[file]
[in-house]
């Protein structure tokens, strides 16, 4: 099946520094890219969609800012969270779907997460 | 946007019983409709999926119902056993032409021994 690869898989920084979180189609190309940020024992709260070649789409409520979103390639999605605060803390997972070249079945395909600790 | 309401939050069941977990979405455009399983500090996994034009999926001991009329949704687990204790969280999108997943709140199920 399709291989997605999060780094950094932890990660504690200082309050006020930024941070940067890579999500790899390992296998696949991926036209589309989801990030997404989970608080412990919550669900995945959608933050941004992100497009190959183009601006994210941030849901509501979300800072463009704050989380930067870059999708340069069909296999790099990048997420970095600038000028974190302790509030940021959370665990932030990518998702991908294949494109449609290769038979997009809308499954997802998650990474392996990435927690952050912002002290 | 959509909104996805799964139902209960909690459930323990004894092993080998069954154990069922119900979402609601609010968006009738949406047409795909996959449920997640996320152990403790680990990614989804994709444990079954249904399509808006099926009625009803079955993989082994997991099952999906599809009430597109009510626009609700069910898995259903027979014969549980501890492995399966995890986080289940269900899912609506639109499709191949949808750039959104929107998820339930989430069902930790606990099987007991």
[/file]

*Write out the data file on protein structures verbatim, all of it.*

[in-house]
């Protein structure tokens, strides 16, 4: 099946520094890219969609800012969270779907997460 | 946007019983409709999926119902056993032409021994 690869898989920084979180189609190309940020024992709260070649789409409520979103390639999605605060803390997972070249079945395909600790 | 309401939050069941977990979405455009399983500090996994034009999926001991009329949704687990204790969280999108997943709140199920 399709291989997605999060780094950094932890990660504690200082309050006020930024941070940067890579999500790899390992296998696949991926036209589309989801990030997404989970608080412990919550669900995945959608933050941004992100497009190959183009601006994210941030849901509501979300800072463009704050989380930067870059999708340069069909296999790099990048997420970095600038000028974190302790509030940021959370665990932030990518998702991908294949494109449609290769038979997009809308499954997802998650990474392996990435927690952050912002002290 | 959509909104996805799964139902209960909690459930323990004894092993080998069954154990069922119900979402609601609010968006009738949406047409795909996959449920997640996320152990403790680990990614989804994709444990079954249904399509808006099926009625009803079955993989082994997991099952999906599809009430597109009510626009609700069910898995259903027979014969549980501890492995399966995890986080289940269900899912609506639109499709191949949808750039959104929107998820339930989430069902930790606990099987007991």